By Hader Glang
ZAMBOANGA CITY, Philippines
The World Bank on Tuesday committed to help rebuild war-torn Marawi city as aid from foreign governments poured in for its reconstruction and rehabilitation.
World Bank Chief Executive Officer Kristalina Georgieva along with Mara Warwick, country director for Brunei, Malaysia, the Philippines and Thailand, confirmed the bank’s commitment during a meeting Tuesday with Finance, Foreign Affairs and Socioeconomic Planning Secretaries Carlos Dominguez, Peter Cayetano and Ernesto Pernia.
“We can only express our sympathy for what has been going on in Marawi. As an institution that has committed to peaceful development and dealing with conflict situations, we would be honored in helping in terms of rebuilding and engaging in any possible way what we can do in this situation,” the Manila Bulletin quoted Georgieva as saying.
The Philippine government estimates the overall rehabilitation of Marawi -- including restoration of infrastructure, assistance for basic services, livelihood and shelter for nearly 400,000 residents - will cost up to PHP150 billion ($2.9 billion).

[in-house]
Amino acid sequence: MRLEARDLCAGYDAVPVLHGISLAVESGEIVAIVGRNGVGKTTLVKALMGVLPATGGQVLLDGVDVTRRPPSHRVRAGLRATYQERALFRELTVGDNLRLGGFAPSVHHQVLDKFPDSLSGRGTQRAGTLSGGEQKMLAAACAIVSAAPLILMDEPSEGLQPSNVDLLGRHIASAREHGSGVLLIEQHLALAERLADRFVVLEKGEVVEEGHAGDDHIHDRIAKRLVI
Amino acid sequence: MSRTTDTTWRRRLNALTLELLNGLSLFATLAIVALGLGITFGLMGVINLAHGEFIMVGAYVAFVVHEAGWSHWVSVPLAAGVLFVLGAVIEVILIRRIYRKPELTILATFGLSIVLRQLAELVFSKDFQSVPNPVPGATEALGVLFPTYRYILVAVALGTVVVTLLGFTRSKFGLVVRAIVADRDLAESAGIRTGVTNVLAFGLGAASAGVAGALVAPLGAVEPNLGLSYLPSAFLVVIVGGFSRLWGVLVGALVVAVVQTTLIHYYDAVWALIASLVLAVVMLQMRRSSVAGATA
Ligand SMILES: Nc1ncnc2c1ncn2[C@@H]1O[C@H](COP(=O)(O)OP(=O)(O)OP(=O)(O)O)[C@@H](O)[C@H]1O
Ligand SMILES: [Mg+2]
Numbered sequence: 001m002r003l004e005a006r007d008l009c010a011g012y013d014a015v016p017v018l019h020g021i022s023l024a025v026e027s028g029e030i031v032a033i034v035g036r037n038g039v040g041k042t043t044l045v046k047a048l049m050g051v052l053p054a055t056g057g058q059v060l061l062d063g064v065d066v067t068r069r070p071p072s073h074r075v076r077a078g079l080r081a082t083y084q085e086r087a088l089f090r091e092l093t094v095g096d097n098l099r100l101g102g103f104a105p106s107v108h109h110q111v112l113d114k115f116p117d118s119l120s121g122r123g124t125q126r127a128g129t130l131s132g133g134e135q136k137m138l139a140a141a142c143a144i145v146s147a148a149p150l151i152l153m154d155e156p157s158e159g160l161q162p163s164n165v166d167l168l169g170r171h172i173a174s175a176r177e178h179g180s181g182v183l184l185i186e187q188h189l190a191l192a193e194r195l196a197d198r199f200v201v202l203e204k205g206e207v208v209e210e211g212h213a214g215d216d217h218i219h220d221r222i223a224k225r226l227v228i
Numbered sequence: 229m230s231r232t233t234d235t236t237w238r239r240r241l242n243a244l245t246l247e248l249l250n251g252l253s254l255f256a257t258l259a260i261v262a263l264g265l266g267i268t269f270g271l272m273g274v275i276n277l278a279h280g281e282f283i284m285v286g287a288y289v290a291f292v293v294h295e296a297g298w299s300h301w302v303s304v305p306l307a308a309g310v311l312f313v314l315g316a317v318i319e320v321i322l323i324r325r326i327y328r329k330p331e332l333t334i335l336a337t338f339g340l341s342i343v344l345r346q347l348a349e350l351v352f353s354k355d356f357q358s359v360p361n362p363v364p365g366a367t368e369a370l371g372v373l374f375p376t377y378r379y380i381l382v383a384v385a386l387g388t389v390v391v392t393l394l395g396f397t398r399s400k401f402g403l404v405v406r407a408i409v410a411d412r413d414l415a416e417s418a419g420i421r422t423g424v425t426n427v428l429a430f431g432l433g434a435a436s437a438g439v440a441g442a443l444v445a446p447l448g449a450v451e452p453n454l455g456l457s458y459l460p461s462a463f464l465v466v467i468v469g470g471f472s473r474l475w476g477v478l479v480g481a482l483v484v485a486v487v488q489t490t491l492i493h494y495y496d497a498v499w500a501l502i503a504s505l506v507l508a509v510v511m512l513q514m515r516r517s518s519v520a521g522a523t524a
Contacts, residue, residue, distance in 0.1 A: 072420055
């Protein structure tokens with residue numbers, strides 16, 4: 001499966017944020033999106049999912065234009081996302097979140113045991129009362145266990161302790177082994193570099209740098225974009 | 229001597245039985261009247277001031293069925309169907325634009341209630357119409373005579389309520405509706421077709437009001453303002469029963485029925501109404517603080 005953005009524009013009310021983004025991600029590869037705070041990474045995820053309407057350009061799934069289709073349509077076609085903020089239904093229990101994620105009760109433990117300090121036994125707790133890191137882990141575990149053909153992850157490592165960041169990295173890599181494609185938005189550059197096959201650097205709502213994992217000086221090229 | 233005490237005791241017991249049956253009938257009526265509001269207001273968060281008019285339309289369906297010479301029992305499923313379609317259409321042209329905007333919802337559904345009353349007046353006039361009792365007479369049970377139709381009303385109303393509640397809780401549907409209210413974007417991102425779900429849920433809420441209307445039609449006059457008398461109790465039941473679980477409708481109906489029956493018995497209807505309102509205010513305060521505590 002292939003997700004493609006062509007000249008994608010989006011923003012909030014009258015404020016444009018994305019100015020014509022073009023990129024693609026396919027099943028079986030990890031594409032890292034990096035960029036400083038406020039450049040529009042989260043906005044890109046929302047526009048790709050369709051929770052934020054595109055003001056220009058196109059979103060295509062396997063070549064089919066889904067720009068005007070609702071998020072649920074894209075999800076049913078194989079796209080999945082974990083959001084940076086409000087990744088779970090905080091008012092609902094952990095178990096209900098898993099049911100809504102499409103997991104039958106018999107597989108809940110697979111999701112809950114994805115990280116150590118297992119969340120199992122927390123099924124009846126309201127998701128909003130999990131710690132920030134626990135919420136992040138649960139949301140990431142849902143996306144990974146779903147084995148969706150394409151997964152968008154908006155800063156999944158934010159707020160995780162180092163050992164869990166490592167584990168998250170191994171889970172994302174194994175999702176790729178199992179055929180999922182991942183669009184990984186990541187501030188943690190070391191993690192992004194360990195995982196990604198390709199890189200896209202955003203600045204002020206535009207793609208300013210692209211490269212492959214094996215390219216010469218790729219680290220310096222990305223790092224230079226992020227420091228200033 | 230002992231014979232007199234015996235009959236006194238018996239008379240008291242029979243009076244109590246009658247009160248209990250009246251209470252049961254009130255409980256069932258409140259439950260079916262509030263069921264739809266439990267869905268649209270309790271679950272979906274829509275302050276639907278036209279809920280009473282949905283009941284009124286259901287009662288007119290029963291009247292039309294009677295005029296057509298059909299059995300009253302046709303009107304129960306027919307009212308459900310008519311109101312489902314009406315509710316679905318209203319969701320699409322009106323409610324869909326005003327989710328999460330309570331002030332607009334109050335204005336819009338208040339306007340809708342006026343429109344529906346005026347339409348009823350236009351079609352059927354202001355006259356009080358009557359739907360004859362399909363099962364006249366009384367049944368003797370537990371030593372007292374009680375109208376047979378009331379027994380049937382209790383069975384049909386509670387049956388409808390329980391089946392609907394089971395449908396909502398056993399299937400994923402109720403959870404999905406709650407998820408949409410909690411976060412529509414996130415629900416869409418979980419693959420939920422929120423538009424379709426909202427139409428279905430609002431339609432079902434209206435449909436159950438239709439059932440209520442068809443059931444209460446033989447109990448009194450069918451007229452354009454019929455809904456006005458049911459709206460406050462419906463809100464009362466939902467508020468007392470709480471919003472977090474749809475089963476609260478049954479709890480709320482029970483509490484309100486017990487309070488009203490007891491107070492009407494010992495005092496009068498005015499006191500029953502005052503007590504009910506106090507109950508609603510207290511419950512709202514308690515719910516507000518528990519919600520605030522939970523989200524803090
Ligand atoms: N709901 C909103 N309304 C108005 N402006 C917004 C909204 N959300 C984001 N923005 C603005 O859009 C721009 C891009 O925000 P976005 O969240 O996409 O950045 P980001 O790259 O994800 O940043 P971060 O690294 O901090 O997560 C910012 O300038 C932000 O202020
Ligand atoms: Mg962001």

Dominguez said the World Bank has confirmed its commitment to work with the Philippine government in helping Marawi rise from devastation along with scaling up support for peace-building efforts in Mindanao.
He said Georgieva welcomed a plan to tap domestic resources to raise funds for Marawi’s reconstruction. He thanked the World Bank for its generous assistance to the Philippines through the years and welcomed its offer of aid for Marawi.
The finance secretary emphasized the need for the bank’s technical advice and expertise in reconstructing the entire city as the Philippines has very limited experience in handling a rehabilitation program of this magnitude.
He informed Georgieva that with the approval of President Rodrigo Duterte, the government has opted to raise funds domestically for Marawi’s recovery, rehabilitation and reconstruction program by, among other things, issuing bonds.
Cayetano said several countries have already provided assistance and committed to help Marawi, but a clear direction and detailed rehabilitation plan are needed to organize such efforts.
Early Monday, two surviving key leaders of the Marawi siege -- Abu Sayyaf head Isnilon Hapilon and Maute group leader Omar Khayyam Maute -- were killed in a gunfight.
On Tuesday, Duterte declared the liberation of Marawi from Daesh-linked terrorists, saying it marked the beginning of the city's rehabilitation.